Vergil Ortiz Jr. looked across the ring on Saturday night and saw one of boxing’s bureaucratic speed houses.
For Ortiz to get close to a crack at a legitimate boxing championship, he first had to defeat Michael McKinson, who was modestly ranked by a couple of the sport’s sanctioning bodies.
It will take more than speed to slow down Ortiz.
Ortiz extended his strong start to the year and won by technical decision with a ninth-round stoppage at Dickies Arena in Fort Worth, Texas. And with his 19th knockout in as many fights, Ortiz showed why he’s one of the best welterweight contenders in the world — even if he didn’t feel like he was the best.
“The first seven rounds, I didn’t really do anything good,” Ortiz said in the post-fight interview with DAZN. “I had to adjust a lot. I should have listened to my corner from the beginning. But I listened and we did it.”
Ortiz and McKinson were initially scheduled to fight in March. The fight was postponed when Ortiz was hospitalized for rhabdomyolysis.
Saturday’s bout, just a few miles away from Ortiz’s hometown of Grand Prairie, was considered a WBA eliminator. Ortiz (19-0, 19 KOs) will certainly maintain his status as the No. 1 contender of the WBO and WBA in the 147-pound division.
But McKinson (22-1, 2 KOs) proved to be a tough opponent. He was slippery around the outside of the ring and roughed Ortiz up inside as well.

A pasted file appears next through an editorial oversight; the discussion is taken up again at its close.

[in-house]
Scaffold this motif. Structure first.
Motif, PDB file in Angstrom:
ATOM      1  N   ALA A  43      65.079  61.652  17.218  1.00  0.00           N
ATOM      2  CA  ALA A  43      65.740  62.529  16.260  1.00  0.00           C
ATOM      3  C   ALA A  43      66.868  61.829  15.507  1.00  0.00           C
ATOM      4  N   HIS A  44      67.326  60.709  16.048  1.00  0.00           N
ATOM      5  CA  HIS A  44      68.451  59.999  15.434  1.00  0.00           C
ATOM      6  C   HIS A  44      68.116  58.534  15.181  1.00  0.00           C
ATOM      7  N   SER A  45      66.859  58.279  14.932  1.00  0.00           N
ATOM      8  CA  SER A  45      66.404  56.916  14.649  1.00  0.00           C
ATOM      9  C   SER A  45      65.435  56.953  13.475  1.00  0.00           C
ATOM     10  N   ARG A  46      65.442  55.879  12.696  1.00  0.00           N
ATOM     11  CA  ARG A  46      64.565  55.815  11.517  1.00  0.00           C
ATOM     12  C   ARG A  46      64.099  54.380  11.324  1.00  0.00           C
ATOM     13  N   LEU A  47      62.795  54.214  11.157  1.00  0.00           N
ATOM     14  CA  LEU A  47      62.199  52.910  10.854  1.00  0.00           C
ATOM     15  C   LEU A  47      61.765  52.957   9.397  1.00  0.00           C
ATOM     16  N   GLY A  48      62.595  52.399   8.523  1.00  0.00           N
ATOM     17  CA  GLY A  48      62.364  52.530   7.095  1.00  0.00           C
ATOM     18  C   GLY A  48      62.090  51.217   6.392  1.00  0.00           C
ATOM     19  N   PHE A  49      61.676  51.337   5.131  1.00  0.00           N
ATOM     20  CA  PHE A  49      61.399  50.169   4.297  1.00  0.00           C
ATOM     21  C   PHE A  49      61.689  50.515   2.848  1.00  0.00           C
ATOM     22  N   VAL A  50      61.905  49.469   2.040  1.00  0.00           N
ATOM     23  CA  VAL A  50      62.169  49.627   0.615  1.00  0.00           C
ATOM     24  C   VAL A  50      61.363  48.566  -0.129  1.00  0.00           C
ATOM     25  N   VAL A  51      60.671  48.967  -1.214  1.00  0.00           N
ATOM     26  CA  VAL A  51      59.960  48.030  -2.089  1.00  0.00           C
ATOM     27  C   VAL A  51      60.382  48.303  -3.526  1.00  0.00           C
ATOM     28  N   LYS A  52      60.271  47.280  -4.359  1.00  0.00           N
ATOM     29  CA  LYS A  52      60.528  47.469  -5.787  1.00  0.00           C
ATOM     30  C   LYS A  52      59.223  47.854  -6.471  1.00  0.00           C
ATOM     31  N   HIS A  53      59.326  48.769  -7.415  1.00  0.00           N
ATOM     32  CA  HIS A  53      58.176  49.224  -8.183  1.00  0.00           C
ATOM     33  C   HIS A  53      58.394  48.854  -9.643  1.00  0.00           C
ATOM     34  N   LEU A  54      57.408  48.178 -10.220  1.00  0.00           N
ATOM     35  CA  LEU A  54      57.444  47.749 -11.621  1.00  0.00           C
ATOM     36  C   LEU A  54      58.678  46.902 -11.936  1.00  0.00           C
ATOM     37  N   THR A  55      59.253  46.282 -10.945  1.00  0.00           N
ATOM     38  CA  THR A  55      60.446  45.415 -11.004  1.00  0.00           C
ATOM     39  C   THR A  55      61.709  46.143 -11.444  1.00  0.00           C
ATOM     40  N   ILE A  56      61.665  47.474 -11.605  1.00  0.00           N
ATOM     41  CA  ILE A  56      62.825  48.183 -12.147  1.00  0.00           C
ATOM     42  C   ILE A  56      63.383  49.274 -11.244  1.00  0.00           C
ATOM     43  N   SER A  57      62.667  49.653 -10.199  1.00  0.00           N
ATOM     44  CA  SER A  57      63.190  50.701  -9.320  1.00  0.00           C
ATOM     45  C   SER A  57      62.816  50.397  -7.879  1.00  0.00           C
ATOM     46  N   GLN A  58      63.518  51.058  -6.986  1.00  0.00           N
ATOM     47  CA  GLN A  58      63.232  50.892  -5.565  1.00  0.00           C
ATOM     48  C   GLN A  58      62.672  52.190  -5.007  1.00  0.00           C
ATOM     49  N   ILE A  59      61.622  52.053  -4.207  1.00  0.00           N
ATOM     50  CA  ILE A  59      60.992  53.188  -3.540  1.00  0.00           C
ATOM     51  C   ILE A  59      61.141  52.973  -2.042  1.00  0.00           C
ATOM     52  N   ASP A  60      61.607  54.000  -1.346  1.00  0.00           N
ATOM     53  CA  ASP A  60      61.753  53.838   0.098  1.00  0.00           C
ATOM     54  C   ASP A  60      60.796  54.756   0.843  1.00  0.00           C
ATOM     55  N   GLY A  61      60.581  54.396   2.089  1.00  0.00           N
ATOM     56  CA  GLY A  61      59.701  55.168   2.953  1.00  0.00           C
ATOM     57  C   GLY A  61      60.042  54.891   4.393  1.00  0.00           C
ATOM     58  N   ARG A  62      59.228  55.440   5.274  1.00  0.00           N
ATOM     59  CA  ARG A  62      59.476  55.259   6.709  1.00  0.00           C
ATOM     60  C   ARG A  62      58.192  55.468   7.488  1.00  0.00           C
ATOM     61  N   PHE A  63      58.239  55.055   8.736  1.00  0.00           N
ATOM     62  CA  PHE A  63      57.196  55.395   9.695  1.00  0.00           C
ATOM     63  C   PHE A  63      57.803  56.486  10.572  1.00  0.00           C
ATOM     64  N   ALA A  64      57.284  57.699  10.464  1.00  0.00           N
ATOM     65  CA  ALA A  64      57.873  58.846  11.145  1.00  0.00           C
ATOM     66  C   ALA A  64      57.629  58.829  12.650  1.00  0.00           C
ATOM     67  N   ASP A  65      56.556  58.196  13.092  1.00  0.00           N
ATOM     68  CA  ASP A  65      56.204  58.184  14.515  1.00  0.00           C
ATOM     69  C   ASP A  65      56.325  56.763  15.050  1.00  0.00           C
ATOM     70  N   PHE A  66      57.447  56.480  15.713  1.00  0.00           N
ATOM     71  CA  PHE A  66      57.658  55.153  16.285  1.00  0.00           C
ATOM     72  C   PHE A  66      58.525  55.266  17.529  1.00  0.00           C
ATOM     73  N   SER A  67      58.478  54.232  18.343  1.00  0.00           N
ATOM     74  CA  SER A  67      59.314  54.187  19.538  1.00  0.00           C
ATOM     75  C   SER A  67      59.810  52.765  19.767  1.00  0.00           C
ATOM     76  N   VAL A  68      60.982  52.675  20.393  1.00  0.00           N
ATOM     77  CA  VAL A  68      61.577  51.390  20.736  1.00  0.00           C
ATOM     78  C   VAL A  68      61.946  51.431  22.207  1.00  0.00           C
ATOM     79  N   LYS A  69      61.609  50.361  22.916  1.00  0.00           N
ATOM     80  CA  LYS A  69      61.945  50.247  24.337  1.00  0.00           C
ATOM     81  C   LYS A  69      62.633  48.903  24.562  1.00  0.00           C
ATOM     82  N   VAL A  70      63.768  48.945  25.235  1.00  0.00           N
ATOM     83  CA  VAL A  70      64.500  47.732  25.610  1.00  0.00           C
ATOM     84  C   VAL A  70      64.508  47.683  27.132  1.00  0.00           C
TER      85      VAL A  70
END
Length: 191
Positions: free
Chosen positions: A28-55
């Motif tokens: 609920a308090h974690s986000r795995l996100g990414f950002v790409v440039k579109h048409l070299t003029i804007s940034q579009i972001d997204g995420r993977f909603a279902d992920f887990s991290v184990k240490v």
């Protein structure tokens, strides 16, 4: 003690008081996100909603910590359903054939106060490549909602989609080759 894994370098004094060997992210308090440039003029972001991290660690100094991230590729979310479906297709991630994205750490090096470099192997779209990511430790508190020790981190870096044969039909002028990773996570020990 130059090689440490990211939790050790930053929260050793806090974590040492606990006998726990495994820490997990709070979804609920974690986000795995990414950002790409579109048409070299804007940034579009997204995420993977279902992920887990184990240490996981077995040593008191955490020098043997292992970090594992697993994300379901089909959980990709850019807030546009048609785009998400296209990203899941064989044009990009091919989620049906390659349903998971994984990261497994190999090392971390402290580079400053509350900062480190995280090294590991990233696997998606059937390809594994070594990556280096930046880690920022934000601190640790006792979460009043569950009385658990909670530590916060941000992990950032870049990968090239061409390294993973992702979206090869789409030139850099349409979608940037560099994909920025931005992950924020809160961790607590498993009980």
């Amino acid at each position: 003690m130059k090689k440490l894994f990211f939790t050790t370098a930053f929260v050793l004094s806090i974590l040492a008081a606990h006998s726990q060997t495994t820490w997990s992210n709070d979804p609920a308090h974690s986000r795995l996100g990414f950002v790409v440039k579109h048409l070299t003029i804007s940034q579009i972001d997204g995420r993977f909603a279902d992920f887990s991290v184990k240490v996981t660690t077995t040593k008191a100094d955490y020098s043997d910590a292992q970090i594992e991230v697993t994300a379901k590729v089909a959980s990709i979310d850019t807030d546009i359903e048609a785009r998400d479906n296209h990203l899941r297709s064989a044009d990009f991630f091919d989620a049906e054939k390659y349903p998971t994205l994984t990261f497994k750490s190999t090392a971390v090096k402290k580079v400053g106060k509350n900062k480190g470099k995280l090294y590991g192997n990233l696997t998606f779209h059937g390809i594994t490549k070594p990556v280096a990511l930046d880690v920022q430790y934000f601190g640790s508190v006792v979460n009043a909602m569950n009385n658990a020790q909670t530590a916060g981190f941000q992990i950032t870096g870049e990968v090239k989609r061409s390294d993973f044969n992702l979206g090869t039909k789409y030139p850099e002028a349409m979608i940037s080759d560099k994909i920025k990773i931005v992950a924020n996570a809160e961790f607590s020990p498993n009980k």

Finally, the whole body angle Ortiz asked for at the beginning of the fight manifested itself and paid dividends. In the final 30 seconds of the eighth round, Ortiz dropped the British fighter with a left hook to the body. McKinson went down in similar fashion at the start of the ninth round.
After he limped around the ring, his corner jumped to the top of the apron and threw in the towel.
Ortiz said his father, Vergil Ortiz Sr., yelled at him for three rounds for not following the game plan for the fight. The 24-year-old’s stubbornness eventually gave way to sound advice.
“You think you know everything, and you don’t,” Ortiz Jr. said.
A path to a title remains difficult given the landscape within the welterweight division. Errol Spence and Terence Crawford, who was ringside on Saturday, hold all four major belts and are in negotiations for a possible undisputed title fight. In his post-fight interview with DAZN, Ortiz acknowledged that securing a title shot soon will be difficult given that upcoming matchup.
But when it comes to facing someone else, he will fight, whoever that opponent is.
“As long as they’re involved with my path to a world title, I don’t care,” Ortiz Jr. said.
In the co-main event, Marlen Esparza successfully defended her WBA and WBC flyweight titles against Eva Guzman. Esparza controlled a high-profile fight and won a unanimous decision 98-92, 98-92, 99-92.
Esparza (13-1, 1 KO) won her sixth fight in a row since her loss to current champion Seniesa Estrada in November 2019. Guzman (19-2-1, 11 KO), mandatory challenger made her US debut.”